I hope I’ve sparked some interest in those of you who haven’t read the book.  And for those who have, please share your thoughts here, I’d love to continue the discussion with you.  Have a great day!

Book Review: Affinity by Sarah Waters

1 Oct

Wow, I’m suffering from a major book hangover right now.  I was going to write this right away, but I couldn’t get my thoughts together coherently.  So, now that I’ve switched my summer clothes for winter,  I think I’m ready to write my review.

Image from Goodreads

Affinity by Sarah Waters

Affinity by Sarah Waters

I read this book because it’s apart of my ‘edgy’ book club.  That being said, look for a Book Club discussion in two weeks.  If this review piques your interest, you’ve got two weeks before I’ll discuss it in depth (again).  I’m not sure I would have grabbed it otherwise, which is part of the magic of book clubs.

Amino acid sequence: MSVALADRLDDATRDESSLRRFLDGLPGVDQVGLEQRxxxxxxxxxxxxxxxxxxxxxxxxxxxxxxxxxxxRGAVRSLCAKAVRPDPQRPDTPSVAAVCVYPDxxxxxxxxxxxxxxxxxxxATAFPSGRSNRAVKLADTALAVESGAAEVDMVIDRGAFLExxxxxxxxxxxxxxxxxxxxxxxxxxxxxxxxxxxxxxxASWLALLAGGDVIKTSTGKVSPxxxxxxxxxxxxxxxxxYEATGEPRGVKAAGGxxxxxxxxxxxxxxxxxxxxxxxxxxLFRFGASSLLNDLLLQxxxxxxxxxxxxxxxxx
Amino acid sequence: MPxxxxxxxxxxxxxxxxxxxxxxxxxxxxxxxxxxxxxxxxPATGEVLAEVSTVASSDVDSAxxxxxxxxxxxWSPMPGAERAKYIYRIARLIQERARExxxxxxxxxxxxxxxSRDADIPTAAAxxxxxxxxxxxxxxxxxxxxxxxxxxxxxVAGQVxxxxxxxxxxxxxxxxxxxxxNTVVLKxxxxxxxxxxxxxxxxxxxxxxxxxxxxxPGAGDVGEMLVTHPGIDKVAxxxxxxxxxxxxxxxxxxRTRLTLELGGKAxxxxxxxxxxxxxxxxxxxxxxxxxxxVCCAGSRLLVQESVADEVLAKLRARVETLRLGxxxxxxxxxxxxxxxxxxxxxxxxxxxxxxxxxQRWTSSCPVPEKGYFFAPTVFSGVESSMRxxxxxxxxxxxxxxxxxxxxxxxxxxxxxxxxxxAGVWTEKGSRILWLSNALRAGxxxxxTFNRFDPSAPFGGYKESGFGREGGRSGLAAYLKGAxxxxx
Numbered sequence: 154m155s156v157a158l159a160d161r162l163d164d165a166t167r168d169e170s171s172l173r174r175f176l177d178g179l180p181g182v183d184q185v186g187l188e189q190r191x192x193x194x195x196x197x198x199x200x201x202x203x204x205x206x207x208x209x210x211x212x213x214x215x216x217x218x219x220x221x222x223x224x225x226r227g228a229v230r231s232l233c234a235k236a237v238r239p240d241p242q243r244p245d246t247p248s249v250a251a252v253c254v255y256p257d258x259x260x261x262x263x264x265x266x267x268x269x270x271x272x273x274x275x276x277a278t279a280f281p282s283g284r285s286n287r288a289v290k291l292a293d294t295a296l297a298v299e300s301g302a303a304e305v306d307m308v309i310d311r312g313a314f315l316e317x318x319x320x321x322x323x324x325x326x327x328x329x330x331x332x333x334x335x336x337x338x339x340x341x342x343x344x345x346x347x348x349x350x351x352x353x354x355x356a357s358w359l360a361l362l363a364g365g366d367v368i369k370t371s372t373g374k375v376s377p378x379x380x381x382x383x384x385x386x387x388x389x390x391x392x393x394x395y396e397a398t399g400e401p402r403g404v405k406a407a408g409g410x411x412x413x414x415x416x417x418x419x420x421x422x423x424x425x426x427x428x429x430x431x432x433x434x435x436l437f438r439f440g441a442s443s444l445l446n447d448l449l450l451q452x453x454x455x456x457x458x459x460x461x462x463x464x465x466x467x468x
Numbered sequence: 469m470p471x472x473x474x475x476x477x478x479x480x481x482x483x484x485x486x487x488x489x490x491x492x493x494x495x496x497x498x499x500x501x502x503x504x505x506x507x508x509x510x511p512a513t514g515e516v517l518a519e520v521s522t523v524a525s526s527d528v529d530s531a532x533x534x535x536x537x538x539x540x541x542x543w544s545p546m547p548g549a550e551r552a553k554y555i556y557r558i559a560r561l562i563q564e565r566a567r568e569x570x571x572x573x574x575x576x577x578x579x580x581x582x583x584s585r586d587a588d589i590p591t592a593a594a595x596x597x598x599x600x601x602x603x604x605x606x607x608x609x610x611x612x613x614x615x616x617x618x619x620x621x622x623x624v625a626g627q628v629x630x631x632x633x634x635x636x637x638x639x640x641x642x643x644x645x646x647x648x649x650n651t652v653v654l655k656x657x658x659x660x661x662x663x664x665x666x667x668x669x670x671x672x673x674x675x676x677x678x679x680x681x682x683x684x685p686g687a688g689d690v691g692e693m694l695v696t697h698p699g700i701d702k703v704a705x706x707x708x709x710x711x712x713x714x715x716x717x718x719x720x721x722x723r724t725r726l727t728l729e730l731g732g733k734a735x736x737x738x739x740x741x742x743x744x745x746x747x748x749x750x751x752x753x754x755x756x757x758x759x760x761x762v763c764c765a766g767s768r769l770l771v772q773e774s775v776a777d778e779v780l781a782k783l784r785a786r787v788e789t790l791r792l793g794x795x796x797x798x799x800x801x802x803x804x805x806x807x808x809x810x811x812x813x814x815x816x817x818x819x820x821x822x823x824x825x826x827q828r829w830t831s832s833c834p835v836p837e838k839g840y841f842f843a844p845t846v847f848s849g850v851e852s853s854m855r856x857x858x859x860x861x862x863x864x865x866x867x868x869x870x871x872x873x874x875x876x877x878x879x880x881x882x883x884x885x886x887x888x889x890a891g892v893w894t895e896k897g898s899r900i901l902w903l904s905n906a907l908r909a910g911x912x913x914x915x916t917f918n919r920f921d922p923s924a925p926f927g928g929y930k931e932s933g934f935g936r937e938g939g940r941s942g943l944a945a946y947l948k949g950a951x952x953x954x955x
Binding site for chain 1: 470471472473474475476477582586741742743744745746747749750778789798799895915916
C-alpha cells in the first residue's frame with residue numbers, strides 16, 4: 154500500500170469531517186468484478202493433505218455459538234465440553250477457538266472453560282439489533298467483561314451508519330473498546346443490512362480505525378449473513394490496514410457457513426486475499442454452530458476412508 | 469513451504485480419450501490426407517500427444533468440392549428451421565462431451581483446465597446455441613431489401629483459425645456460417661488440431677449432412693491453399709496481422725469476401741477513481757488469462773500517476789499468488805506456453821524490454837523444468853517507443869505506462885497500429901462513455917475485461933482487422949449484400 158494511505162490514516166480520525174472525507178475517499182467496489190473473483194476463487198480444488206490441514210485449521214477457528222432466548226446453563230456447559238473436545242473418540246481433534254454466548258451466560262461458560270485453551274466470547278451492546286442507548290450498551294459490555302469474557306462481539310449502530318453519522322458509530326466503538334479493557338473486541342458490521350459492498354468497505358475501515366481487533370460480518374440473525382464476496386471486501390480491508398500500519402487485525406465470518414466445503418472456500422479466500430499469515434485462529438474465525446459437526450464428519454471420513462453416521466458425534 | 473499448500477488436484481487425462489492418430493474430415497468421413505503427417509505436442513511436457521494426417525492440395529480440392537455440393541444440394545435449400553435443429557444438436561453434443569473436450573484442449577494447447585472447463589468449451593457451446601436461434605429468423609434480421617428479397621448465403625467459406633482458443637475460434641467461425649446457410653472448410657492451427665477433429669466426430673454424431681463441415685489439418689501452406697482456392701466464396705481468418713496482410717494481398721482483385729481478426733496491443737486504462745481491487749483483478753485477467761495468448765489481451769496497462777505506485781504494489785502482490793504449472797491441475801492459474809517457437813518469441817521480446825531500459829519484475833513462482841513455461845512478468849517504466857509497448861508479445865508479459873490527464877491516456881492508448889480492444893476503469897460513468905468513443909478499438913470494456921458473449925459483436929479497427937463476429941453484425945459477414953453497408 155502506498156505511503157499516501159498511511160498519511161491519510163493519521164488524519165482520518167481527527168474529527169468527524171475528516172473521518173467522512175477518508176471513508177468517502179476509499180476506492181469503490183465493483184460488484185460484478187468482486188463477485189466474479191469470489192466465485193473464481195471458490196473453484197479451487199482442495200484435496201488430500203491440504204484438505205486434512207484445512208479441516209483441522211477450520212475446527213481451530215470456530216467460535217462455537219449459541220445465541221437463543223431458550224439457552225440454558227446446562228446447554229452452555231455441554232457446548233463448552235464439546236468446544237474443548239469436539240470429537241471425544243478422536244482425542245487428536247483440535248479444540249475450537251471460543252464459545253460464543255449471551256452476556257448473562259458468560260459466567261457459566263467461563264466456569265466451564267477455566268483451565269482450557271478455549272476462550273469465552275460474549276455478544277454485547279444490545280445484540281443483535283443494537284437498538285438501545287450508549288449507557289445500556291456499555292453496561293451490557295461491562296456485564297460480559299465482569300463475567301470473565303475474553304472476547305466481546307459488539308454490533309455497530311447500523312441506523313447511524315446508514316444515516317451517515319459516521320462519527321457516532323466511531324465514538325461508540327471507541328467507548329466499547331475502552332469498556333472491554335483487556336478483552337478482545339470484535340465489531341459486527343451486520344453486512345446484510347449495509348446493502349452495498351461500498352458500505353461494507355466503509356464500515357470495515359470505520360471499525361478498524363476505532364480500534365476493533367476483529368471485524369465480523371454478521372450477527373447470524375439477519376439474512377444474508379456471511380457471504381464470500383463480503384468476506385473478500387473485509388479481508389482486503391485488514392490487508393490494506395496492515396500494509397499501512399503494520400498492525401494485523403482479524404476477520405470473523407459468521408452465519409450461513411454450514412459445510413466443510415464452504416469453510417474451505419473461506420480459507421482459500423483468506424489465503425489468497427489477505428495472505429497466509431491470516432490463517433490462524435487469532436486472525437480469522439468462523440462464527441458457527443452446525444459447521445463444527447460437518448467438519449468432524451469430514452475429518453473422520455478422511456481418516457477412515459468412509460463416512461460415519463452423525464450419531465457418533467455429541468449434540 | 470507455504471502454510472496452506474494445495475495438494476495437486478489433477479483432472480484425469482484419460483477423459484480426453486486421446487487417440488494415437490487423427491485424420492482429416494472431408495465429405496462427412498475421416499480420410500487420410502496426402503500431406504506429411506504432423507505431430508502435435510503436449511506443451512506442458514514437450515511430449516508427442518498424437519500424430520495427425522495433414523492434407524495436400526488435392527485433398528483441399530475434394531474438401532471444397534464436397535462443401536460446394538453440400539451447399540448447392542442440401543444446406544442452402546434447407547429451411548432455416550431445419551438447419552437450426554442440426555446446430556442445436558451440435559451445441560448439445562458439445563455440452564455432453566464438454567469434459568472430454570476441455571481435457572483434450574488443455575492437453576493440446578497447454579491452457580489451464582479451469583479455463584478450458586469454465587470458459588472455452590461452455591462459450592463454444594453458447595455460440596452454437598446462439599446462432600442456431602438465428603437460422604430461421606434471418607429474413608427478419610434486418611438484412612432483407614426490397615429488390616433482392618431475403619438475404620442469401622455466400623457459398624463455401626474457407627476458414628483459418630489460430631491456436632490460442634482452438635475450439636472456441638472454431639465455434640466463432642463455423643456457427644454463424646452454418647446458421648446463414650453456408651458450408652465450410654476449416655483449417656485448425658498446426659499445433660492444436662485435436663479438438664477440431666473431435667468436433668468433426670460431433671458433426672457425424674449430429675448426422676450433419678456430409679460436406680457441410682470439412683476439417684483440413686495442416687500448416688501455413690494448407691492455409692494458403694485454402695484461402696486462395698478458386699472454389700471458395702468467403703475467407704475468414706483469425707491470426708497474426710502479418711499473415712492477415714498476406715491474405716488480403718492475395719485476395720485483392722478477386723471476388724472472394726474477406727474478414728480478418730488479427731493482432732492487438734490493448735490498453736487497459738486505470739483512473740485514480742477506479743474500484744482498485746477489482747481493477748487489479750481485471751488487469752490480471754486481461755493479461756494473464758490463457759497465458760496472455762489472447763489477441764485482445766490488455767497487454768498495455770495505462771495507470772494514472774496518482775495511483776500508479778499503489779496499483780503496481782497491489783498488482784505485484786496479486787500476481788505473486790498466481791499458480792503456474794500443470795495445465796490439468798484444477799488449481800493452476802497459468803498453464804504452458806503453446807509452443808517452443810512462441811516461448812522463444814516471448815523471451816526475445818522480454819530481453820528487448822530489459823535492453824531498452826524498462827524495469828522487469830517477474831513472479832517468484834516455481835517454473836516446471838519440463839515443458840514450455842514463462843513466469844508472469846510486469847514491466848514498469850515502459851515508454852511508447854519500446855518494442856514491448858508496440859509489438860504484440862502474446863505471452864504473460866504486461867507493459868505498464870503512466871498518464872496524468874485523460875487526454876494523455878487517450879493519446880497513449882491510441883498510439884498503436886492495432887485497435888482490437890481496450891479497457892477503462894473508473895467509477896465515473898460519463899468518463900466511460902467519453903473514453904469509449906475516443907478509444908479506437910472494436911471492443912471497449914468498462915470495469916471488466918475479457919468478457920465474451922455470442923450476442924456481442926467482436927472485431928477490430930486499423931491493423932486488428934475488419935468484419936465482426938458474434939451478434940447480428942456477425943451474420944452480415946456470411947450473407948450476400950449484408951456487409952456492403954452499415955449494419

This book is historical fiction with some magical realism and homosexuality.  When I looked at this book on Goodreads, I was surprised how many lesbian/gay/GLBT lists it was on.  For the first half of the book there were very few references to the character’s sexualities.  It does become a rather central theme, however, so if that bothers you, it might be best to avoid this book.  From what I can tell, Waters is referred to by some as the Queen of Lesbian Victorian England Melodrama.  Quite the niche.

I love some good historical fiction and I think Waters did a great job of writing 1870s London.  The setting and cultural norms of the time are very key; a woman’s place in society, the elite of the time, and traveling norms are central to the book.  This was one of those historical fiction novels where the reader feels like they’re living in the period; like a maid is going to come empty my chamber pot and stoke the fire for me in only a few minutes.  I did greatly enjoy this part of Waters’ writing.